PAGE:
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Report blames Playpen boat accident that severed woman's feet on 'improper lookout;' captain says it was all horrible

Report identifies captain, reveals what went wrong in Playpen boat accident
Report identifies captain, reveals what went wrong in Playpen boat accident 03:03

CHICAGO (CBS) -- A boating tragedy on Lake Michigan's popular Playpen area sent two women to the hospital recently – and one of them had to have her feet amputated.

We obtained an accident report that not only reveals what went wrong, but also who was at the controls of the boat at the time. For the first time Thursday, CBS 2's Sabrina Franza got in touch with the captain of the boat involved that day.

We learned more about his role in the tragedy – and more of what really happened before a woman's feet were severed by a boat propeller on Saturday, Aug. 13.

Our search for the captain started with a Freedom of Information Act request – which reveals his name, and landed us at his office. His name is Joseph I. Neverauskas, and he is the senior vice president of a large real estate investment firm – Equus Capital Partners.

Neverauskas is also a licensed boat captain.

He was at his office when the staff let our crew inside.

Neverauskas told us that the U.S. Coast Guard, who were on the scene that day, asked him not to speak about the investigation – and he asked us not to interview him on camera.

But when he talked with Franza about that day, he said it was horrible.

Neverauskas confirmed what we already knew – he captained the boat that backed into two women swimming inside the densely-crowded boating area in Lake Michigan known as the Playpen.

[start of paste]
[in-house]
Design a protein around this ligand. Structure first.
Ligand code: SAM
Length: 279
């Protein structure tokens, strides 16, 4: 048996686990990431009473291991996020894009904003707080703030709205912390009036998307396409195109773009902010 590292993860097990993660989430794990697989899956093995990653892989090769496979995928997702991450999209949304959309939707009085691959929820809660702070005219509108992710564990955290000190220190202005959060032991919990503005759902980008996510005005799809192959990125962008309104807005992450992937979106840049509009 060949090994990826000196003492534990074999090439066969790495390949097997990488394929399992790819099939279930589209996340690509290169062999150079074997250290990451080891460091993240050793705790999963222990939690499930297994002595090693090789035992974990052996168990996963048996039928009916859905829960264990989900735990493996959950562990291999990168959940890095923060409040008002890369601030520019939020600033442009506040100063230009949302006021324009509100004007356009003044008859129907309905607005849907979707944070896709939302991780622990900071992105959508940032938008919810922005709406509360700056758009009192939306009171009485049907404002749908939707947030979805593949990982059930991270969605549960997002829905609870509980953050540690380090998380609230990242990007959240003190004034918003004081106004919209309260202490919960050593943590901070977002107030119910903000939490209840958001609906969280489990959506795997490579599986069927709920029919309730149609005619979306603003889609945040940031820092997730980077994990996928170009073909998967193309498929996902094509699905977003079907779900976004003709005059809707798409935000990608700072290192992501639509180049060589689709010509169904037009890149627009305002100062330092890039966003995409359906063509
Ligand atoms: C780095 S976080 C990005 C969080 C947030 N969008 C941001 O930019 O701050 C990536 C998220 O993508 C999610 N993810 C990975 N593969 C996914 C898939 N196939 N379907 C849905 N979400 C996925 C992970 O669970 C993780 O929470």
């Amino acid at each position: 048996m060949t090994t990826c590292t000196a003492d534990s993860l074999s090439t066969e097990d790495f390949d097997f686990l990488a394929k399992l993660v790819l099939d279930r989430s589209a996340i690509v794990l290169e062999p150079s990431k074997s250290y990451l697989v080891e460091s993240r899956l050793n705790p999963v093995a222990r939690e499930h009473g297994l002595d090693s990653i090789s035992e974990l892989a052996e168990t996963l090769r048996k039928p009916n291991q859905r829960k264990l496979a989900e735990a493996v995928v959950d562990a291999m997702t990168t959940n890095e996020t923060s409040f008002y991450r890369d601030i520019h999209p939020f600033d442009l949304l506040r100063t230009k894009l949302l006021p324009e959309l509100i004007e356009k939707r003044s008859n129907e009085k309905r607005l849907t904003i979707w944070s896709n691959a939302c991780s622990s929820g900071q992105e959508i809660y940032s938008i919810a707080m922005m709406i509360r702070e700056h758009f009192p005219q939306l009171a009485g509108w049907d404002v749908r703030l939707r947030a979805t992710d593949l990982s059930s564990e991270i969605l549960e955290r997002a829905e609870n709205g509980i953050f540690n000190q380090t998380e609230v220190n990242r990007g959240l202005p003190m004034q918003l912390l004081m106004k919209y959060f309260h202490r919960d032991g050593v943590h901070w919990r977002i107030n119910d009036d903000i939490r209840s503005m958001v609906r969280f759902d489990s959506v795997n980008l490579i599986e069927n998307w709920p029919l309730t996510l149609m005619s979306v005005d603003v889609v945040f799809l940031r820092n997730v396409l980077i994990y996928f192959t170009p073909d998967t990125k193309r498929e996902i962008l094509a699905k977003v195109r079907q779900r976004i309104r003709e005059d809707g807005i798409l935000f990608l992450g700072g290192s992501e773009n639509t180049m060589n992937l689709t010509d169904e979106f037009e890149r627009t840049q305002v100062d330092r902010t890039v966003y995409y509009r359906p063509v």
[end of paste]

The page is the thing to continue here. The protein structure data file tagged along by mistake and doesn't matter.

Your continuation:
He had a license, but did not own the boat he was skippering – information we learned from an eight-page, detailed internal investigation by the Illinois Department of Natural Resources.

IDNR Playpen Accident Report by Adam Harrington on Scribd

We had our expert further analyze the information.

"What struck me was a point that would need further investigation is the nature of the crowdedness of this Playpen area in the lake," said Kyle McAvoy, a marine safety expert and retired U.S. Coast Guard captain. "Someone wasn't paying close enough attention to their surroundings – and they should be."

The boating accident report said it happened on a clear day with good visibility, calm waves, and light wind – and an operator with over 100 hours of experience. There was also no influence of alcohol.

So what went wrong? One expert said it's too soon to tell. But the report gives some clues.

It cites "improper lookout" – meaning, watching out for boats or people – in the packed Playpen.

"You have the job function of being a lookout to ensure that you're minimizing any risk of collision with other vessels," McAvoy said.

McAvoy said the report is too preliminary to see the whole picture – but the crowds add to the story.

"If you have many boats that are in a congested sort of place, and oftentimes, the boat operators don't understand the complexity," he said.

Report cites 'improper lookout' in Playpen boating accident that severed woman's feet 02:57

CBS 2's Steven Graves spoke last week to the woman who lost her feet, Lana Batochir. She shared the painful memories while she recovers from surgery to amputate her legs, 10 inches below her knees.

"I felt something, and I just let my body go, and I thought my legs, my intestines, and my body's next. So I thought, 'this is how I die,' and I had given up," Batochir said last week.

 A GoFundMe page has raised more than $123,000 for her medical bills as of Thursday night.

We spoke with the attorney for Batochir on Thursday. The attorney said Batochir is in good spirits and is going to be transferred to another center to start physical therapy.

Meanwhile, of right now, the State of Illinois is not handing down charges. The Coast Guard is conducting multiple separate investigations – one into what happened the day of the accident, another into whether or not they should revoke the captain's license, and a third into possible federal charges.

All the investigations surrounding this case are ongoing.

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